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South Africa sets election date for May 7

President announces date amid slump in popularity for ruling ANC, as country marks 20 years since apartheid ended.

Last updated: 07 Feb 2014 16:18
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Zuma's ANC is expected to win the vote, although anger is mounting against the ruling party [Reuters]

South African President Jacob Zuma says general elections will be held on May 7 as the country celebrates 20 years of democracy.

The elections are set to be the most closely contested in years, although the ruling African National Congress (ANC) is almost certain to extend its two-decades of rule.

"The electoral term of the present government will come to an end on the 22nd of April," the Reuters news agency quoted Zuma saying.

"The time has come for us to work together again, to prepare for the fifth national general elections."

Anger is mounting against the ANC, which spearheaded the fight against apartheid, over charges of failing to lift millions of blacks out of poverty.

South Africans say many senior officials in the party, which won nearly two thirds of the vote in the last elections in 2009, have abused their government positions to line their personal pockets.

Angry residents in largely black townships across the country have, over the past month, barricaded roads and set buildings and cars on fire in protests against poor services from the government.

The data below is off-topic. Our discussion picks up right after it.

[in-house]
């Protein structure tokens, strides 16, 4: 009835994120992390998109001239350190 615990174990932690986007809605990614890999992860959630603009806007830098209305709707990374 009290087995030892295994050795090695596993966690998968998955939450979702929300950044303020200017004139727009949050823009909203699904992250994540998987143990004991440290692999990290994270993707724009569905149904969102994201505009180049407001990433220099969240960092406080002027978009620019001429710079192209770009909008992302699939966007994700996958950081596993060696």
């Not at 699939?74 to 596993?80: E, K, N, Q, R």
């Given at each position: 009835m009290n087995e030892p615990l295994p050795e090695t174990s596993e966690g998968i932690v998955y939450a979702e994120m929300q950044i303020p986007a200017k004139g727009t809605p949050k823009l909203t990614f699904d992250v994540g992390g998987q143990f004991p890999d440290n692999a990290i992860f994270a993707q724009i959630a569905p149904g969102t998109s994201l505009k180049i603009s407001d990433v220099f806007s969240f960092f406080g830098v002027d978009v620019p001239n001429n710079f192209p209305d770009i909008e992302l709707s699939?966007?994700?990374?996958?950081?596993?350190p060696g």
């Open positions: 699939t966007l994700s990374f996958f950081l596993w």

Protests against poor services continued in various parts of the country on Friday.

In Hebron, a township outside Pretoria, residents demanded to see their province premier, complaining they lacked basic services like water and sanitation.

Parties such Julius Malema's Economic Freedom Fighters are tapping into the discontent to advocate for nationalisation of mines and the seizure of white-owned land.

Malema, who was expelled from the ANC for bringing the party into disrepute, is expected to attract many poor black South Africans, but will struggle to unseat the party, which still has solid support in most of the country's nine provinces. 

The ANC, which has been in power since 1994 when apartheid ended after Nelson Mandela was elected South Africa's first black president, has until now dominated the political scene with no serious challengers. 

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